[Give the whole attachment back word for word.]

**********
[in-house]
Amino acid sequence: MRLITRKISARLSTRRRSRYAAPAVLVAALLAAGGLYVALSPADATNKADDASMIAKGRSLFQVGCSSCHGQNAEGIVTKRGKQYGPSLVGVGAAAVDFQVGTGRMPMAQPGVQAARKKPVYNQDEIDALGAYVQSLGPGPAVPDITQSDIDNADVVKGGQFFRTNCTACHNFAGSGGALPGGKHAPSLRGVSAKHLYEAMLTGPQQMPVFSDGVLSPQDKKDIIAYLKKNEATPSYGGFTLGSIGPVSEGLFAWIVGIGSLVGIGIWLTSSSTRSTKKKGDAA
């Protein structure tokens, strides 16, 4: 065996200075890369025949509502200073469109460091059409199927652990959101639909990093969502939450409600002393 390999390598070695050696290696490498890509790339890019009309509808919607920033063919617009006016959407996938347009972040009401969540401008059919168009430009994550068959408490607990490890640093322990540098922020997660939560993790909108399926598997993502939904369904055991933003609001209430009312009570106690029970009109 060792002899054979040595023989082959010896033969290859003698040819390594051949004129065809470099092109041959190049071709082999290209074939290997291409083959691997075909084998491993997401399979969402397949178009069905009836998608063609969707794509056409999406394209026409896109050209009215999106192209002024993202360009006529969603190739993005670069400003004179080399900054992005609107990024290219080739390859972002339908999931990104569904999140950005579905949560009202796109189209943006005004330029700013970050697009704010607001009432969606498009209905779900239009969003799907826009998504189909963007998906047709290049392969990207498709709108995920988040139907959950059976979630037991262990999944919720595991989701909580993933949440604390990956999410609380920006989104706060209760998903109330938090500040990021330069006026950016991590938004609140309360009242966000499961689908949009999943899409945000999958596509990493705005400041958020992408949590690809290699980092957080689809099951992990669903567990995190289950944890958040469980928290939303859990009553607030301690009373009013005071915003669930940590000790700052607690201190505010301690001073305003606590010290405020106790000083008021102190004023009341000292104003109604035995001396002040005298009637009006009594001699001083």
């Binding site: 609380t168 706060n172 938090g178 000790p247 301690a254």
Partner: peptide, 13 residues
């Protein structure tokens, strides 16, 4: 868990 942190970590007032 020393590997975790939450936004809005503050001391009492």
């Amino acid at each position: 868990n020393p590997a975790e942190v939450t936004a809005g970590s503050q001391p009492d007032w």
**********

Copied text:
[in-house]
Amino acid sequence: MRLITRKISARLSTRRRSRYAAPAVLVAALLAAGGLYVALSPADATNKADDASMIAKGRSLFQVGCSSCHGQNAEGIVTKRGKQYGPSLVGVGAAAVDFQVGTGRMPMAQPGVQAARKKPVYNQDEIDALGAYVQSLGPGPAVPDITQSDIDNADVVKGGQFFRTNCTACHNFAGSGGALPGGKHAPSLRGVSAKHLYEAMLTGPQQMPVFSDGVLSPQDKKDIIAYLKKNEATPSYGGFTLGSIGPVSEGLFAWIVGIGSLVGIGIWLTSSSTRSTKKKGDAA
């Protein structure tokens, strides 16, 4: 065996200075890369025949509502200073469109460091059409199927652990959101639909990093969502939450409600002393 390999390598070695050696290696490498890509790339890019009309509808919607920033063919617009006016959407996938347009972040009401969540401008059919168009430009994550068959408490607990490890640093322990540098922020997660939560993790909108399926598997993502939904369904055991933003609001209430009312009570106690029970009109 060792002899054979040595023989082959010896033969290859003698040819390594051949004129065809470099092109041959190049071709082999290209074939290997291409083959691997075909084998491993997401399979969402397949178009069905009836998608063609969707794509056409999406394209026409896109050209009215999106192209002024993202360009006529969603190739993005670069400003004179080399900054992005609107990024290219080739390859972002339908999931990104569904999140950005579905949560009202796109189209943006005004330029700013970050697009704010607001009432969606498009209905779900239009969003799907826009998504189909963007998906047709290049392969990207498709709108995920988040139907959950059976979630037991262990999944919720595991989701909580993933949440604390990956999410609380920006989104706060209760998903109330938090500040990021330069006026950016991590938004609140309360009242966000499961689908949009999943899409945000999958596509990493705005400041958020992408949590690809290699980092957080689809099951992990669903567990995190289950944890958040469980928290939303859990009553607030301690009373009013005071915003669930940590000790700052607690201190505010301690001073305003606590010290405020106790000083008021102190004023009341000292104003109604035995001396002040005298009637009006009594001699001083």
């Binding site: 609380t168 706060n172 938090g178 000790p247 301690a254």
Partner: peptide, 13 residues
């Protein structure tokens, strides 16, 4: 868990 942190970590007032 020393590997975790939450936004809005503050001391009492």
């Amino acid at each position: 868990n020393p590997a975790e942190v939450t936004a809005g970590s503050q001391p009492d007032w």